A relationship should be a source of joy, support and friendship and should not cause anxiety, insecurity or isolation. This information will help you understand the foundations of healthy relationships and recognize the signs of an unhealthy one.
- Emotional Responsibility - Each person is responsible for their happiness and sense of self-worth.
- Mutual Respect - Each partner should respect the other in words and actions. Boundaries should be established and honored.
- Trust - Trust creates a safe connection between partners where each is affirmed by the other. Partners who trust each other do not feel threatened by successes or joys but rather encourage the growth and success of their partner.
- Honesty - Honesty goes hand-in-hand with trust. You should not have to lie or hide things from your partner in a healthy relationship.
- Support - In a healthy relationship, your partner should provide a shoulder to cry on during tough times and celebrate with you during good times.
- Equality - Relationships are about "give and take." One person should not be fighting to get their way all of the time.
- Separate Identities - A healthy relationship allows each partner to take personal time, explore their interests and spend time with friends outside of the relationship.
- Open Communication - Each partner should feel safe discussing their desires, expectations, needs and limits. Both partners should feel free to express themselves and talk through conflicts.
While healthy relationships are based on mutual respect, understanding, compassion and individuality, unhealthy relationships are usually based on power and control. Unhealthy relationships can be physically, mentally and emotionally exhausting.
Signs of an unhealthy relationship
Sometimes, unhealthy relationships can even become abusive.
There are many signs of an unhealthy relationship. It is not healthy if you or your partner:
- Is consistently inconsiderate, disrespectful or distrustful.
- Is possessive or jealous.
- Trying to emotionally or financially control the other.
- Keeping the other from getting a job or getting the other fired.
- Humiliates the other online or in front of friends.
- Threatens to out the other to family.
- Is jealous of time spent alone or with friends and family.
- Constantly criticizes their ideas or appearance.
If your partner demonstrates any of the following behaviors, seek help immediately.
- Has an explosive temper.
- Pinches, slaps, pushes or grabs you.
- Forces or intimidates you into sexual activity.
- Blames you for their anger.
- Makes you feel afraid.
If your partner has become emotionally or physically abusive, we encourage you to access the resources below. You do not have to go through this alone.
- If you feel that you are in danger, call 911 immediately.
- Call the National Domestic Violence Hotline at 800.799.7233.
Even the healthiest of relationships will experience conflict at times. Conflict can strengthen a relationship as long as it is resolved constructively with respect for both partners. Differences of opinion can stir up many emotions, such as anger or hurt. These emotions are normal and should not become a problem if both partners communicate with respect.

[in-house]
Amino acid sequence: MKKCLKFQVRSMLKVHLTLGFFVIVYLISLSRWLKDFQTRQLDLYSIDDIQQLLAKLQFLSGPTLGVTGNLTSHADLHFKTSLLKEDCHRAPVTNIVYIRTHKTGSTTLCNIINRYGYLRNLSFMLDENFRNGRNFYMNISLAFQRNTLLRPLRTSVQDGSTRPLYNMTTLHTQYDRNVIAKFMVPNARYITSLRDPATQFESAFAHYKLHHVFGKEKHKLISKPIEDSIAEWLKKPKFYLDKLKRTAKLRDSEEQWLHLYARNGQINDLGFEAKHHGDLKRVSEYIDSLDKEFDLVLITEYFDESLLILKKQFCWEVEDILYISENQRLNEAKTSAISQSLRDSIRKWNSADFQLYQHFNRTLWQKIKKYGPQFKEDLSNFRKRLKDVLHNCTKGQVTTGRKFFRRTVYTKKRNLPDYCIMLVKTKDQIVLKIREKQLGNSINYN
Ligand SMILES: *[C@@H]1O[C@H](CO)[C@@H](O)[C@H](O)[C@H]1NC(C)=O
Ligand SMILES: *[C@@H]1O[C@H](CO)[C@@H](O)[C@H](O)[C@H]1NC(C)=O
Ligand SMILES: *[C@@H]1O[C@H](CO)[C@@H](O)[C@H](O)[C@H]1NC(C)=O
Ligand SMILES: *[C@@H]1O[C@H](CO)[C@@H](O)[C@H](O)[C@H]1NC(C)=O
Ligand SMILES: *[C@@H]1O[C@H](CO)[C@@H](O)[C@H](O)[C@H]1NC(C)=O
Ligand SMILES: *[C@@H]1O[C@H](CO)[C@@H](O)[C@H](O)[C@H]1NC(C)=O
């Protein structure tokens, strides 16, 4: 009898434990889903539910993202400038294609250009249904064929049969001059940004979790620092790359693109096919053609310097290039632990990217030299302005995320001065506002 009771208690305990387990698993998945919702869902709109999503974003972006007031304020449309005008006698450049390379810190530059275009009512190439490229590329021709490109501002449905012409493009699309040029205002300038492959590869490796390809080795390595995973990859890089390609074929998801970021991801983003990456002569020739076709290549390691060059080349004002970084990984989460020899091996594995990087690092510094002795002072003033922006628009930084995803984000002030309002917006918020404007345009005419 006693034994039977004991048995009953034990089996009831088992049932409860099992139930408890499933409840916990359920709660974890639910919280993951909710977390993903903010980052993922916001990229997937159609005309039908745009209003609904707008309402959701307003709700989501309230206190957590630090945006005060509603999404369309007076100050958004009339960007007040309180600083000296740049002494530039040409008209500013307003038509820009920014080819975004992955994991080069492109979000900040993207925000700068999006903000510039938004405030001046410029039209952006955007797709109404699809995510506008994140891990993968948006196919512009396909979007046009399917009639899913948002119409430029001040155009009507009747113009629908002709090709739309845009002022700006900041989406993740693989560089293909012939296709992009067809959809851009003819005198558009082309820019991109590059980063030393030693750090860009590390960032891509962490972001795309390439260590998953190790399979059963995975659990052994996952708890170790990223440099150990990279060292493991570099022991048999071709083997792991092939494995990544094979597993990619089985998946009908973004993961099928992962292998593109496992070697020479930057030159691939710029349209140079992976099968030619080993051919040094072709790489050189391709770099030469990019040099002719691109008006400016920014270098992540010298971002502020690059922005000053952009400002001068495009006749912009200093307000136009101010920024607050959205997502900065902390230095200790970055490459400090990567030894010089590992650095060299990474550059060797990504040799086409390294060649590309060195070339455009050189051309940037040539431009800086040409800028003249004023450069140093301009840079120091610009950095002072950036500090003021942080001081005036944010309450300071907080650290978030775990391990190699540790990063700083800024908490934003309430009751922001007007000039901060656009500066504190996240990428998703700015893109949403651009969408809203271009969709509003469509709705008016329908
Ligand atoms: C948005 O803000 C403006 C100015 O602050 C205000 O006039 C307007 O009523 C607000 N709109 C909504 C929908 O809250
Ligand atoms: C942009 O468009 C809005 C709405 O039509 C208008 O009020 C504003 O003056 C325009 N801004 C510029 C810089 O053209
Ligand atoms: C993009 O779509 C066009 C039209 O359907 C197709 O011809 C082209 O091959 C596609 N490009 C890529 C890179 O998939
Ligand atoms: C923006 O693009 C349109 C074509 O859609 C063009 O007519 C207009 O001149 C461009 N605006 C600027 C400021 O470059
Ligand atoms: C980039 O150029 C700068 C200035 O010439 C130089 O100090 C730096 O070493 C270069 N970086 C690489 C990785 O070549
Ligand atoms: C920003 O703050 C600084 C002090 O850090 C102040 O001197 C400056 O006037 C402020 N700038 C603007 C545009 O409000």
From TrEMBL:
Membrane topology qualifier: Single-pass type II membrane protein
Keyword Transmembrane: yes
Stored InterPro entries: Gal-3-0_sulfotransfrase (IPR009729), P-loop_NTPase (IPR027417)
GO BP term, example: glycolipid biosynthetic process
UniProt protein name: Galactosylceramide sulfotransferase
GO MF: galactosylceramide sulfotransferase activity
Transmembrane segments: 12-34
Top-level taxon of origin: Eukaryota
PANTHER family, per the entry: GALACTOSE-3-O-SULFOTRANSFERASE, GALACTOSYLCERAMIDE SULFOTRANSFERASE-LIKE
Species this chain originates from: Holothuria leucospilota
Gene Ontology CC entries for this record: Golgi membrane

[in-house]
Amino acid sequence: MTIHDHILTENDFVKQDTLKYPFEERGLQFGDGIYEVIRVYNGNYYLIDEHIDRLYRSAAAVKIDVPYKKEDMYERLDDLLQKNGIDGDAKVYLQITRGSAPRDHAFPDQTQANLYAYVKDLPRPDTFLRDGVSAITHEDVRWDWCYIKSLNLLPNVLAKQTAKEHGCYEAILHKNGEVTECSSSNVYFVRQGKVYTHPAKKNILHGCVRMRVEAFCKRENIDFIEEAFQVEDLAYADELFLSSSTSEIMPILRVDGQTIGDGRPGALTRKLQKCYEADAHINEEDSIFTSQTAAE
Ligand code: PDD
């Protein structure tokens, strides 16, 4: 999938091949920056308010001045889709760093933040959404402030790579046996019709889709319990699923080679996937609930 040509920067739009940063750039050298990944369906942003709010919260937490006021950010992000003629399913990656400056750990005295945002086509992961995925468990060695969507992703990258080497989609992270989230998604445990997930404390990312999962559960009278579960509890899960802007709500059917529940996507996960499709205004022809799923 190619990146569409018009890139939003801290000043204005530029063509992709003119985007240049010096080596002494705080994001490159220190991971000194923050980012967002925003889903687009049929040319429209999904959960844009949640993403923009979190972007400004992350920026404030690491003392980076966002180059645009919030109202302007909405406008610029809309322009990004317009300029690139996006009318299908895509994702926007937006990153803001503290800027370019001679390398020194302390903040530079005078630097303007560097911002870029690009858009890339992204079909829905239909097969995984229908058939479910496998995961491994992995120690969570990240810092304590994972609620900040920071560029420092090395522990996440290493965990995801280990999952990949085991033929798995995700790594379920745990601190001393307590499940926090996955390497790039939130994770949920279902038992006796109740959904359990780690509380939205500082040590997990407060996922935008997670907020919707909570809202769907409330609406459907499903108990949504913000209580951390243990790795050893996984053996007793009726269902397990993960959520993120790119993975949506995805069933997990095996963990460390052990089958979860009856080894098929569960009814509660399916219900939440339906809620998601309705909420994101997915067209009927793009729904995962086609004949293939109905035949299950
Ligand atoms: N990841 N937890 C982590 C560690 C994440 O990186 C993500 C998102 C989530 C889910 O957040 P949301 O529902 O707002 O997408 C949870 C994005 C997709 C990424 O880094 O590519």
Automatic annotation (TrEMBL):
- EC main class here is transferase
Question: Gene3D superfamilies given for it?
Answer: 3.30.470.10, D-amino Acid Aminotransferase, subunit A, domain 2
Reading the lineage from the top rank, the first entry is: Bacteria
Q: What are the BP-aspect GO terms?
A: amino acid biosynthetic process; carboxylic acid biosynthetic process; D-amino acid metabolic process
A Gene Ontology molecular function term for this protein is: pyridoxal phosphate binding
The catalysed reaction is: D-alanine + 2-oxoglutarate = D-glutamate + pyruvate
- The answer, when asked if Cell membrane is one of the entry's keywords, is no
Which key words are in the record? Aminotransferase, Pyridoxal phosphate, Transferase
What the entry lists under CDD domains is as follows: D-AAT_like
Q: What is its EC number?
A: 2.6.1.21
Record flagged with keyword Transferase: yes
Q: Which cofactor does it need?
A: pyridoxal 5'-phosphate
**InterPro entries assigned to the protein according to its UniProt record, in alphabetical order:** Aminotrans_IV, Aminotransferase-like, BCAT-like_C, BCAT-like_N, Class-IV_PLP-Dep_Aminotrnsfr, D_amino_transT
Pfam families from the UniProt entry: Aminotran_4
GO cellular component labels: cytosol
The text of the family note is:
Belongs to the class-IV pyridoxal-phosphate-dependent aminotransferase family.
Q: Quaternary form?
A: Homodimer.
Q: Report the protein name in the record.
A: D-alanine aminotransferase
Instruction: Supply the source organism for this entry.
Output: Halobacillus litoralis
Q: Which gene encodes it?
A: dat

- Remain calm. Try not to overreact to a problematic situation. Your partner will be more likely to consider and understand your viewpoint when you remain calm.
- Express feelings in words, not actions. If you start to feel so angry or upset that you think you may lose control, take a time out and do something to help yourself feel calm: take a walk, do some deep breathing, play with the dog or write in your journal.
- Be specific about what is bothering you. Vague complaints are hard to work on and can lead to miscommunication.
- Deal with only one issue at a time. Don't introduce other topics until each case is thoroughly discussed.
- No hitting below the belt. Attacking areas of personal sensitivity creates an atmosphere of distrust, anger and vulnerability.
- Avoid accusations. Accusations will lead others to focus on defending themselves rather than understanding you. Instead, talk about how someone's actions made you feel.
- Try not to generalize. Avoid words like "never" or "always." Such generalizations are usually inaccurate and will heighten tensions.
- Avoid make-believe. Exaggerating or inventing a complaint will prevent the real issues from surfacing. Stick with the facts and your honest feelings.
- Don't stockpile your complaints. Storing up lots of grievances and hurt feelings over time is counterproductive. Try to deal with problems as they arise.
- Avoid clamming up. Positive results can only be attained with two-way communication. When one person becomes silent and stops responding to the other, frustration and anger can result. However, if you feel overwhelmed or shutting down, you may need to take a break from the discussion. Just tell your partner that you will return to the conversation as soon as possible, and then don't forget to follow up.
- Establish standard ground rules. You may even want to ask your partner to read and discuss this Information with you. When both people accept favorable common ground rules for managing a conflict, resolution becomes more likely.